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Jun. 14 2009 - 12:34 am | 5 views | 0 recommendations | 7 comments

Entertainment vs. recession porn

Cover of "Nickel and Dimed: On (Not) Gett...

Cover via Amazon

Who is rich and powerful?  Who is poor and weak?  Artists and journalists always write about these things, but how they do so is telling.

During this current economic crisis, a disturbing number of journalists and artists have let the struggles of the poor become a sort of arm candy issue.

Case in point:   David Lynch has just launched a project in which he will introduce over a thousand short films on street people, and they are compelling films, but it’s all about production values and how much the haves care about the have nots even though the haves get to go home at the end of the day and the have nots just sort of sit down on the curb where they’d been talking and wave goodbye to them.   It’s really more about bad luck as art.   Maybe it’s even art abuse.

What are we growing in the petrie dishes of art and journalism these days when it comes to central topics like poverty?  In  “Too Poor to Make the News,” an opinion piece in today’s New York Times by Nickel and Dimed author Barbara Ehrenreich, she talks about the “Nouveau Poor” and “recession porn” and what she sees ahead:

… In Los Angeles, Prof. Peter Dreier, a housing policy expert at Occidental College, says that “people who’ve lost their jobs, or at least their second jobs, cope by doubling or tripling up in overcrowded apartments, or by paying 50 or 60 or even 70 percent of their incomes in rent.” Thelmy Perez, an organizer with Strategic Actions for a Just Economy, is trying to help an elderly couple who could no longer afford the $600 a month rent on their two-bedroom apartment, so they took in six unrelated subtenants and are now facing eviction. According to a community organizer in my own city, Alexandria, Va., the standard apartment in a complex occupied largely by day laborers contains two bedrooms, each housing a family of up to five people, plus an additional person laying claim to the couch.

Overcrowding — rural, suburban and urban — renders the mounting numbers of the poor invisible, especially when the perpetrators have no telltale cars to park on the street. But if this is sometimes a crime against zoning laws, it’s not exactly a victimless one. At best, it leads to interrupted sleep and long waits for the bathroom; at worst, to explosions of violence. Catholic Charities is reporting a spike in domestic violence in many parts of the country, which Candy Hill attributes to the combination of unemployment and overcrowding.

Artists argue, fairly I think, that we make trouble into art so that people will pay attention.  But is it becoming an escape from attention?  Is our need for entertainment overwhelming our need to feel reality?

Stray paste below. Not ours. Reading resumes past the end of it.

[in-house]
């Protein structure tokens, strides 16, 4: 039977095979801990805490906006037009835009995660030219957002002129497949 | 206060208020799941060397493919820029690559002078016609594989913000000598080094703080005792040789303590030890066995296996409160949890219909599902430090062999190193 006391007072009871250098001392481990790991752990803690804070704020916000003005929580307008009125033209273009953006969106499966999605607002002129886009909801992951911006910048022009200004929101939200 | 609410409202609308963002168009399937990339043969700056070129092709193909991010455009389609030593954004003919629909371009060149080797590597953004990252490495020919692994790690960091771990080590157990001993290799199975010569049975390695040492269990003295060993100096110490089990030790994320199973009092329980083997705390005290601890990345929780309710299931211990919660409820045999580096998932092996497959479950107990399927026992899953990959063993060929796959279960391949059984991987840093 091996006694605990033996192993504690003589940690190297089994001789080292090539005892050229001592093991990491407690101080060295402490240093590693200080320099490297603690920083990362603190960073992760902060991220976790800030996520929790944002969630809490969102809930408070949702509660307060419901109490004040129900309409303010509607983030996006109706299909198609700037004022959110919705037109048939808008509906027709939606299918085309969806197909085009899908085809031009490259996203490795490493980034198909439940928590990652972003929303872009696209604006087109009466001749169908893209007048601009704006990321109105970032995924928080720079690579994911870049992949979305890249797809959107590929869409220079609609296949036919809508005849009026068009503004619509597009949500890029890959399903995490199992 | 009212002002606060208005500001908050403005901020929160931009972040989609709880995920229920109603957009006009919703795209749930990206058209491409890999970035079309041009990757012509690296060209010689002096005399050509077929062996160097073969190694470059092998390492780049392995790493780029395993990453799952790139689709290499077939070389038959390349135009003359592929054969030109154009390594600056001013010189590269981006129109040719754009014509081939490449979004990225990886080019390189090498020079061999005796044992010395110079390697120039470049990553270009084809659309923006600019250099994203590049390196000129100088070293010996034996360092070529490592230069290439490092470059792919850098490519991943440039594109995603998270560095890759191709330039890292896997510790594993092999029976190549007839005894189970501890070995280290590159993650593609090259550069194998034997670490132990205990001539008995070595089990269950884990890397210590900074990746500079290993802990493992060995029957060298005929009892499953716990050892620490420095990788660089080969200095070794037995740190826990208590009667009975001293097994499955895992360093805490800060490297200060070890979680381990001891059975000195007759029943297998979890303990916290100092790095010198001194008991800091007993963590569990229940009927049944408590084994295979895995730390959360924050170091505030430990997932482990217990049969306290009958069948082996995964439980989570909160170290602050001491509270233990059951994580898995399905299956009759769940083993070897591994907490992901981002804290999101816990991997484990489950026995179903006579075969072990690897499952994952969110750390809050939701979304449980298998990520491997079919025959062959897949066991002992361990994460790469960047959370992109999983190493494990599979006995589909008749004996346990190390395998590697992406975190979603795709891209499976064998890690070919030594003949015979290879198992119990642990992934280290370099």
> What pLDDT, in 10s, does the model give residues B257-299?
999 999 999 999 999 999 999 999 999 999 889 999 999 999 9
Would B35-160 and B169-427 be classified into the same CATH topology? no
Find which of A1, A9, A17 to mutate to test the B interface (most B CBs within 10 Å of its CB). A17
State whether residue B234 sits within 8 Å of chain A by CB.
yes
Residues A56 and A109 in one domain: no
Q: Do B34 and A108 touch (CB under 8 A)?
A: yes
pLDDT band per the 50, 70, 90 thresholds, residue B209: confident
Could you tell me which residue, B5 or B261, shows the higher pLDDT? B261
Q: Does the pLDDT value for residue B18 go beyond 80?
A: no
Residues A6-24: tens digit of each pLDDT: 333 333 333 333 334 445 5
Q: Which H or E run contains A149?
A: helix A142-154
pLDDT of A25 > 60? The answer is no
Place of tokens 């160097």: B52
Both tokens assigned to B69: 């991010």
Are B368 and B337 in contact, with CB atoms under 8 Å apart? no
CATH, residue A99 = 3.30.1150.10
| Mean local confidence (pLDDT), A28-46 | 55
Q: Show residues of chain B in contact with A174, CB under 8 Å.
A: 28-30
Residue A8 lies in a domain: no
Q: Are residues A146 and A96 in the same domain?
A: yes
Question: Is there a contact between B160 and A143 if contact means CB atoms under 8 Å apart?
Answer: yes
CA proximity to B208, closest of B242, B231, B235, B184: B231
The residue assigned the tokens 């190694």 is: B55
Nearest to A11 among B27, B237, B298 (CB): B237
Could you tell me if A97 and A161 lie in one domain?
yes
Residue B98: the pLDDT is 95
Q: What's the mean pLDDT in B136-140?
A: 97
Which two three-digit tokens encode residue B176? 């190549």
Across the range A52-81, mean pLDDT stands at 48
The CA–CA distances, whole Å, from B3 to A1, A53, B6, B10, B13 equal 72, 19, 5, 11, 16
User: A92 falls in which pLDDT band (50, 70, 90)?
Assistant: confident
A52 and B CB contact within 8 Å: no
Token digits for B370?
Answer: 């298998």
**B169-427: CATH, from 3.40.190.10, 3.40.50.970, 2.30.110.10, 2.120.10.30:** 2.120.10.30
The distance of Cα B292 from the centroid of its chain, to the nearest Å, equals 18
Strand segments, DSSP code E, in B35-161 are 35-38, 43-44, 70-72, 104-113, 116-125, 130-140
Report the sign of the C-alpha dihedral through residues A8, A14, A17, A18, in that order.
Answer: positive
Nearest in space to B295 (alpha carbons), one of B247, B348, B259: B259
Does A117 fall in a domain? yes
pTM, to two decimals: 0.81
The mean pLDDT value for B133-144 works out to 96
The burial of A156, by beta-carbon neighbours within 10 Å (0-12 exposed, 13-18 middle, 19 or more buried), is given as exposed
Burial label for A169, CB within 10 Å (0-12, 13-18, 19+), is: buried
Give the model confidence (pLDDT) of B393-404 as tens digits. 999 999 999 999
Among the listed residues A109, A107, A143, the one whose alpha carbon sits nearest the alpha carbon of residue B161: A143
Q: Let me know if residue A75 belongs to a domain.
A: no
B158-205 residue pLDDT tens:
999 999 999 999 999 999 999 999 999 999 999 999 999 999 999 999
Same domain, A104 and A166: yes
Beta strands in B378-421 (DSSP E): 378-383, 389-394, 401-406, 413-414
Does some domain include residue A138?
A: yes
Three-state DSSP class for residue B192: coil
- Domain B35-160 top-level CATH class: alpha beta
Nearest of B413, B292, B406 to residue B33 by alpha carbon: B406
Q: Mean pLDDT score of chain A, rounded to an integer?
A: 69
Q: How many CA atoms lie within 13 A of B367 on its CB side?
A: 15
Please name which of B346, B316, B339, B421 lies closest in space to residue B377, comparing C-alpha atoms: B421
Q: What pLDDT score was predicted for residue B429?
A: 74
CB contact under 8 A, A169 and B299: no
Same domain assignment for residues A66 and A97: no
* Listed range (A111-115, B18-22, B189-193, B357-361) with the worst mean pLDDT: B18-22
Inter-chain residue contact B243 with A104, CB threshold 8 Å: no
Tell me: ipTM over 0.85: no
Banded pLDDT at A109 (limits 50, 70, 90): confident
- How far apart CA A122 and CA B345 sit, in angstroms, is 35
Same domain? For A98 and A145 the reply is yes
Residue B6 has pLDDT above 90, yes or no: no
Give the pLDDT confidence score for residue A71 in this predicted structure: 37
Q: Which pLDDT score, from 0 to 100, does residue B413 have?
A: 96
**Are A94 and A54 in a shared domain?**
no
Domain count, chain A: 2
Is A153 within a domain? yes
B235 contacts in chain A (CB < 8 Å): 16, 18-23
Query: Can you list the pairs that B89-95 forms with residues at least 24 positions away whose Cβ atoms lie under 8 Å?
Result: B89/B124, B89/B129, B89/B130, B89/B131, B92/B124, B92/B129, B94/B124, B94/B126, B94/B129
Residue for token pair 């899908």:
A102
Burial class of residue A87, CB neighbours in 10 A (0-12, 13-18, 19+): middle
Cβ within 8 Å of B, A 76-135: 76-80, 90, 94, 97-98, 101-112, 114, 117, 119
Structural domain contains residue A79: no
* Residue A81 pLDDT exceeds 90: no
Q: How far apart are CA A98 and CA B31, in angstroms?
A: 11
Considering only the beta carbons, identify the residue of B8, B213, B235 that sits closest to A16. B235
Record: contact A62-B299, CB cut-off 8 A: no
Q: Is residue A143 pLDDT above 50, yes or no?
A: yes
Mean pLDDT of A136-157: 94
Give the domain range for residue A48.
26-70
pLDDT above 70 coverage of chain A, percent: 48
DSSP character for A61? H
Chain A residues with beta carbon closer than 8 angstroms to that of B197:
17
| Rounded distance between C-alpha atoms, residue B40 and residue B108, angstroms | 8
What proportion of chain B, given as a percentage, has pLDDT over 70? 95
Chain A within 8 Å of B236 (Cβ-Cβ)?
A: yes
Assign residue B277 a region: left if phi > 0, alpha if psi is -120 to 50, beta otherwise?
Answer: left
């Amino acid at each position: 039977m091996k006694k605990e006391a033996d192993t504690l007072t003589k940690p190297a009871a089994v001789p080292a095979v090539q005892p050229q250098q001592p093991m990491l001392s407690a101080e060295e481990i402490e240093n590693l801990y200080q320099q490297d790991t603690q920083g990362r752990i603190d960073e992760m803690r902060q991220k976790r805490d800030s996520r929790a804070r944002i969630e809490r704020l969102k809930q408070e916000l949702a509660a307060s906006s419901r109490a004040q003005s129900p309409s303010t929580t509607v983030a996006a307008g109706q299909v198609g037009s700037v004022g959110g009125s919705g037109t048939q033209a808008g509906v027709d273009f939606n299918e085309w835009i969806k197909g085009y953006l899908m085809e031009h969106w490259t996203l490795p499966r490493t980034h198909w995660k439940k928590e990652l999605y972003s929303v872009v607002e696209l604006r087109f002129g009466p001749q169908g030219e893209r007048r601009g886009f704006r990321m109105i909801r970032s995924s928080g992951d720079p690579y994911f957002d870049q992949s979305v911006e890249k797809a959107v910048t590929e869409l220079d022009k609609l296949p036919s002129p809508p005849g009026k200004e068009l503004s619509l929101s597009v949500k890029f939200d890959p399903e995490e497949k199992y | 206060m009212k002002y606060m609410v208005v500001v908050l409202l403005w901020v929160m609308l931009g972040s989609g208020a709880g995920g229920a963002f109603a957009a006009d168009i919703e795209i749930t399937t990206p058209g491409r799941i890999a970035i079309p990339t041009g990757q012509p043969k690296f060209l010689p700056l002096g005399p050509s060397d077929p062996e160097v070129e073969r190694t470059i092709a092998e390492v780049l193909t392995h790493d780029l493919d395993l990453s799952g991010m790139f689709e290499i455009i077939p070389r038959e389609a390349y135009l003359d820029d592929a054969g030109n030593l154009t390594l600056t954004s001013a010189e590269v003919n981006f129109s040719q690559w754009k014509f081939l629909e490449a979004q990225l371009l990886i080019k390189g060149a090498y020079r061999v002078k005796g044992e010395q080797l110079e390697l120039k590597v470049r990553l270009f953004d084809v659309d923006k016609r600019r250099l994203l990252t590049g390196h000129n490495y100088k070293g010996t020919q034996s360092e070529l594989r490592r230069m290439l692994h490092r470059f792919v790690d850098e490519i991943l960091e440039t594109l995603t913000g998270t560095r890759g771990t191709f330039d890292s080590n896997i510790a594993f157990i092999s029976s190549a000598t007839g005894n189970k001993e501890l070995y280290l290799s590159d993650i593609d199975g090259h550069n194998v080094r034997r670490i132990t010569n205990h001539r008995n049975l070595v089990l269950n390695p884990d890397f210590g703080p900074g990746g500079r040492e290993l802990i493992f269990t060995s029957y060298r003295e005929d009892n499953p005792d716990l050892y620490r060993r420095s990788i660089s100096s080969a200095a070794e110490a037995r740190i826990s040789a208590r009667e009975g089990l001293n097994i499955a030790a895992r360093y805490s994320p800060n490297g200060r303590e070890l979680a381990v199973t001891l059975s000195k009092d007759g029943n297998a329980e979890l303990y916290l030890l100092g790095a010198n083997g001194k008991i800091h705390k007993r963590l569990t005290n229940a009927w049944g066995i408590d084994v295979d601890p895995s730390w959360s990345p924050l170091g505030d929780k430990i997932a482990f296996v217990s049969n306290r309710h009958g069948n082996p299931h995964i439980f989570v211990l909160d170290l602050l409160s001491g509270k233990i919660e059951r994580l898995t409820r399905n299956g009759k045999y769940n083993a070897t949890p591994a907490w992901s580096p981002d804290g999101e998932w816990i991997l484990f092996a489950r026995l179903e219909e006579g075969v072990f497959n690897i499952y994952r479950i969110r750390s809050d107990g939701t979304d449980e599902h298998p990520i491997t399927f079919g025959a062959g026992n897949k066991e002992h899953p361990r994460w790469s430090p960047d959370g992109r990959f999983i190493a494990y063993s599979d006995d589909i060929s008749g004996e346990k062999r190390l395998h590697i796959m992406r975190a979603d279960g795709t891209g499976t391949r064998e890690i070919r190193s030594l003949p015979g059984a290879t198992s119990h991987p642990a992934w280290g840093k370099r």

Art knows that making trouble beautiful does not keep it from being trouble.  So how does this kind of eclipse occur?    It happens if we read and watch only the news.   It happens if we read and watch only fiction and films.  And it’s inevitable if either activity becomes nothing but entertainment.


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  1. collapse expand

    “And it’s inevitable if either activity becomes nothing but entertainment.”

    I’m wondering how much the sheer quantity of news that is now pumped to us has to do with it. How news director now look to shape coverage not just to bring us the facts, but to keep us from reaching for the clicker.

    “but it’s all about production values”

    I’m not sure it’s fair to fault Mr. Lynch for that, it’s what the market place demands. It’s a kind of a build it (well) and they will come. Would Moore’s Sicko have had the impact it did it if weren’t an entertaining piece of work? Probably not. Also Vickie two events came to mind as I read through your piece this morning, the death and funeral of Princess Diana, was in my opinion the coming of age of the 24 hours cable news cycle as entertainment and the start up the Iraq War. The spectacular live and antiseptic images of night time bombings of Baghdad definitely went a long way in the convergence of news and entertainment.

  2. collapse expand

    Vickie, this is so important and timely. Thank you for writing on it (and thanks to B.E. too). With McCarthyism all around him, Nelson Algren said, “I submit that literature is made upon any occasion that a challenge is put to the legal apparatus by conscience in touch with humanity.” I want to come down on that side of things, too. But isn’t there another side to that idea, that in order to make art, the artist has to surrender any individual will or desire, including the political, polemical, etc.? I’d love to know what you think about that. Certainly there are great political poems (Shine, Perishing Republic!) and artworks (Guernica), but do you think the political tendency can inhibit the art somehow?